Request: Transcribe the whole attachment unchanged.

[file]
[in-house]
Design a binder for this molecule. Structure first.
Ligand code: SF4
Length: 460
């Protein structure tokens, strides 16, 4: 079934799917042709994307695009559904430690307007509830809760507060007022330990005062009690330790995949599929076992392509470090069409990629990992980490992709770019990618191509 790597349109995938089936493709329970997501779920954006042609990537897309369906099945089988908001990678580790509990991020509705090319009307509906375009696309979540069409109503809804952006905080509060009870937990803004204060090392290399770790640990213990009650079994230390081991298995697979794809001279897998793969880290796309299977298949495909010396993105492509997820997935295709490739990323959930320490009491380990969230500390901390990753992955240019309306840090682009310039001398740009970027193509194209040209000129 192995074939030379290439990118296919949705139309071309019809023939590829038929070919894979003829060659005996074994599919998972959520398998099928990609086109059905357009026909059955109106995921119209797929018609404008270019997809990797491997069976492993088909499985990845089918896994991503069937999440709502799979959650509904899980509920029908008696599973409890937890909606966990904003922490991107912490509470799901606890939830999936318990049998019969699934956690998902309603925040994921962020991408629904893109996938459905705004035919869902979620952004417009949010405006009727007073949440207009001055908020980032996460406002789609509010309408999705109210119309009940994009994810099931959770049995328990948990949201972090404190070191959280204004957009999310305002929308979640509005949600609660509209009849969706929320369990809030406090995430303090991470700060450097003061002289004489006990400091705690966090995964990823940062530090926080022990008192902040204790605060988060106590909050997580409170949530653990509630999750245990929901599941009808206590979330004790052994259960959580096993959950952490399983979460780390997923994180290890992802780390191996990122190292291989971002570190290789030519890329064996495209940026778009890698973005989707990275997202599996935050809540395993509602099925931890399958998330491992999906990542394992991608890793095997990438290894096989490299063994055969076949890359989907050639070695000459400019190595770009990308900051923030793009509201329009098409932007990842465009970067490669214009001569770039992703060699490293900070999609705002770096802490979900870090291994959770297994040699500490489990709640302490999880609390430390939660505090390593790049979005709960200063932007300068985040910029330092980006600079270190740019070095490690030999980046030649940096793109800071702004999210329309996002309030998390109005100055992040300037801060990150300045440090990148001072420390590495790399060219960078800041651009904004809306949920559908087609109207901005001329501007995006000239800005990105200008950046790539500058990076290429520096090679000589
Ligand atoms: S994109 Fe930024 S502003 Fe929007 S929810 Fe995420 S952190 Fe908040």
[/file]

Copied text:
[in-house]
Design a binder for this molecule. Structure first.
Ligand code: SF4
Length: 460
């Protein structure tokens, strides 16, 4: 079934799917042709994307695009559904430690307007509830809760507060007022330990005062009690330790995949599929076992392509470090069409990629990992980490992709770019990618191509 790597349109995938089936493709329970997501779920954006042609990537897309369906099945089988908001990678580790509990991020509705090319009307509906375009696309979540069409109503809804952006905080509060009870937990803004204060090392290399770790640990213990009650079994230390081991298995697979794809001279897998793969880290796309299977298949495909010396993105492509997820997935295709490739990323959930320490009491380990969230500390901390990753992955240019309306840090682009310039001398740009970027193509194209040209000129 192995074939030379290439990118296919949705139309071309019809023939590829038929070919894979003829060659005996074994599919998972959520398998099928990609086109059905357009026909059955109106995921119209797929018609404008270019997809990797491997069976492993088909499985990845089918896994991503069937999440709502799979959650509904899980509920029908008696599973409890937890909606966990904003922490991107912490509470799901606890939830999936318990049998019969699934956690998902309603925040994921962020991408629904893109996938459905705004035919869902979620952004417009949010405006009727007073949440207009001055908020980032996460406002789609509010309408999705109210119309009940994009994810099931959770049995328990948990949201972090404190070191959280204004957009999310305002929308979640509005949600609660509209009849969706929320369990809030406090995430303090991470700060450097003061002289004489006990400091705690966090995964990823940062530090926080022990008192902040204790605060988060106590909050997580409170949530653990509630999750245990929901599941009808206590979330004790052994259960959580096993959950952490399983979460780390997923994180290890992802780390191996990122190292291989971002570190290789030519890329064996495209940026778009890698973005989707990275997202599996935050809540395993509602099925931890399958998330491992999906990542394992991608890793095997990438290894096989490299063994055969076949890359989907050639070695000459400019190595770009990308900051923030793009509201329009098409932007990842465009970067490669214009001569770039992703060699490293900070999609705002770096802490979900870090291994959770297994040699500490489990709640302490999880609390430390939660505090390593790049979005709960200063932007300068985040910029330092980006600079270190740019070095490690030999980046030649940096793109800071702004999210329309996002309030998390109005100055992040300037801060990150300045440090990148001072420390590495790399060219960078800041651009904004809306949920559908087609109207901005001329501007995006000239800005990105200008950046790539500058990076290429520096090679000589
Ligand atoms: S994109 Fe930024 S502003 Fe929007 S929810 Fe995420 S952190 Fe908040």